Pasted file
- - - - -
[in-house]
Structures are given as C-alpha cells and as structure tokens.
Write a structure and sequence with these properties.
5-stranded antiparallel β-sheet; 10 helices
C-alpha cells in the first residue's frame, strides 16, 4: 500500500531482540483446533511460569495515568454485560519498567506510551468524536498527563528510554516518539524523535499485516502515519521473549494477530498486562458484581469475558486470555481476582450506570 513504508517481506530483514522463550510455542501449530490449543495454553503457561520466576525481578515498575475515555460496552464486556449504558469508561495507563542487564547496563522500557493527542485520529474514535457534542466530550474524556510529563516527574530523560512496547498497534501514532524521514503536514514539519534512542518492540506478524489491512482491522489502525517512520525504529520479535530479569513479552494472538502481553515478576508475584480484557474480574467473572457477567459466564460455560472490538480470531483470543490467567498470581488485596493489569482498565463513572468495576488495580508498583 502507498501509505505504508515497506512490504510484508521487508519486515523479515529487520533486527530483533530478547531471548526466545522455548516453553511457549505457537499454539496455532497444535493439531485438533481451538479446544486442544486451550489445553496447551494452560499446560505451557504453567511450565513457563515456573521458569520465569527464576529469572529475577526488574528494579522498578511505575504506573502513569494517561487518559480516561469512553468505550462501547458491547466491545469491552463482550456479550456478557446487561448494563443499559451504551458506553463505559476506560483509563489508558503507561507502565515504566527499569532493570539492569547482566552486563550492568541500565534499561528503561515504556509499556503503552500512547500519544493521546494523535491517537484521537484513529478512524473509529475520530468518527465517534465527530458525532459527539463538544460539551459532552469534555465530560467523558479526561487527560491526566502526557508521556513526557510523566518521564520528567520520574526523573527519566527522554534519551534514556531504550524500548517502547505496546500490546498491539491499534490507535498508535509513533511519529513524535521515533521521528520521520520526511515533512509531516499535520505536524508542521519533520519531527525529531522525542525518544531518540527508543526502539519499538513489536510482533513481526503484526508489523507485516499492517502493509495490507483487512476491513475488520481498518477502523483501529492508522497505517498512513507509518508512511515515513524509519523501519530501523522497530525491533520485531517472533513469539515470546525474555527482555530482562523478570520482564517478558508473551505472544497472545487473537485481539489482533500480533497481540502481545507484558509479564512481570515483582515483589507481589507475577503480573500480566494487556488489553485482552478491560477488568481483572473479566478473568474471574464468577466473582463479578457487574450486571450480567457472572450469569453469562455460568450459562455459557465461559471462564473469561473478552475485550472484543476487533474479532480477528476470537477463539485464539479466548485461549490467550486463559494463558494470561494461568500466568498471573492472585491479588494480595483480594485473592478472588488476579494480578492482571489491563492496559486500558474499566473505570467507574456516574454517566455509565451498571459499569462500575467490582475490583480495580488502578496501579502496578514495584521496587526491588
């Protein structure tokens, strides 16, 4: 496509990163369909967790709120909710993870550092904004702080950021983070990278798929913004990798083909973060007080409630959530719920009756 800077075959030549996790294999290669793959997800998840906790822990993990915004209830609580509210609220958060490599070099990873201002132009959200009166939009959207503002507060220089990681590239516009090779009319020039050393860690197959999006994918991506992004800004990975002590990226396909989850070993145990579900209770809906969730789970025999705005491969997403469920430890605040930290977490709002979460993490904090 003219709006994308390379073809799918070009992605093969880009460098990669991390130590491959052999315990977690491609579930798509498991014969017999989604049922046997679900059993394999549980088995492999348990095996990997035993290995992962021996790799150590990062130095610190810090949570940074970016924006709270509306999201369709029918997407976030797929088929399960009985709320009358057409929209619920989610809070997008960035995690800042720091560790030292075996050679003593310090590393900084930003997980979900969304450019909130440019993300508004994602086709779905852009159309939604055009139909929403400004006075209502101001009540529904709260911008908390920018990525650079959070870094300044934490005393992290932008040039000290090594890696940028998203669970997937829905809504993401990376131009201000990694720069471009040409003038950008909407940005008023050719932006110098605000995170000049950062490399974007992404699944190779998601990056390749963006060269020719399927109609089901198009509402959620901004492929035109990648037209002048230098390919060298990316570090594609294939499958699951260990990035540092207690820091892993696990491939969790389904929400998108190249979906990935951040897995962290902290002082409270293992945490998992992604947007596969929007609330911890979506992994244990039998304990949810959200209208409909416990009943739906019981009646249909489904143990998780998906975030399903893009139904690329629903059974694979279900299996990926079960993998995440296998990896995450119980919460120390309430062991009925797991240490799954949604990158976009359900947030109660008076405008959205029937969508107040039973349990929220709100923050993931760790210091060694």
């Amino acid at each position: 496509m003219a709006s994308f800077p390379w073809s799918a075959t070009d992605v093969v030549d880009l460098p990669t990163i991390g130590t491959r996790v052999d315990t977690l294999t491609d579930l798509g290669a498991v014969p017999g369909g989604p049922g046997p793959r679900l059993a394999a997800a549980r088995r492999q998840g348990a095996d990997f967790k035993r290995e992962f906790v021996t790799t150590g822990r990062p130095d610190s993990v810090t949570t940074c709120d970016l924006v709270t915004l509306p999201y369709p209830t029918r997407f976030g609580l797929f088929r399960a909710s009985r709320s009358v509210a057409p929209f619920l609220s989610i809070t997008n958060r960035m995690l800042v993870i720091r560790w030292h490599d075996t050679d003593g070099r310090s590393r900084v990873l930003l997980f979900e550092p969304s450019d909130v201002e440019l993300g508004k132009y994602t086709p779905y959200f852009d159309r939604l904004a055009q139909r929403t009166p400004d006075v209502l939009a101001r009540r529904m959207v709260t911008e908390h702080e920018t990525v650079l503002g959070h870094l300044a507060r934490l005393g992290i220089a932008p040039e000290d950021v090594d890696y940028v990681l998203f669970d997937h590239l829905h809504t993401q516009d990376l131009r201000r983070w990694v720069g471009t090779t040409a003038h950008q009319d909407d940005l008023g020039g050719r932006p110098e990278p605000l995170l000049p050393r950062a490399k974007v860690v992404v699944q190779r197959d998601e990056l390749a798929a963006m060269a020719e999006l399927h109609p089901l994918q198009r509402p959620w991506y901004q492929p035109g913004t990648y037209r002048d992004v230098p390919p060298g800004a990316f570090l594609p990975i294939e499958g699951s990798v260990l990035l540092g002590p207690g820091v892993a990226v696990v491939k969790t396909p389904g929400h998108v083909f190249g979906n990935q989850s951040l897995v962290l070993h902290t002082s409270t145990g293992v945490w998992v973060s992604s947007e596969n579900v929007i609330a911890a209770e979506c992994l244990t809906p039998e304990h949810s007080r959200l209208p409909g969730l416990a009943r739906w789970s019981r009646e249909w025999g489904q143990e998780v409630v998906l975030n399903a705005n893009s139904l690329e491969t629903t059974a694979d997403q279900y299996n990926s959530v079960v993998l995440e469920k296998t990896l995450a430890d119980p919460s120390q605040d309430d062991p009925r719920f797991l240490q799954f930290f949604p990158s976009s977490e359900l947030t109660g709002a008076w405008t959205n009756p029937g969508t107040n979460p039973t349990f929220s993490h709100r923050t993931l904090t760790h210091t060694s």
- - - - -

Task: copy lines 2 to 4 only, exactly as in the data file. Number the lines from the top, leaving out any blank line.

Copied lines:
Structures are given as C-alpha cells and as structure tokens.
Write a structure and sequence with these properties.
5-stranded antiparallel β-sheet; 10 helices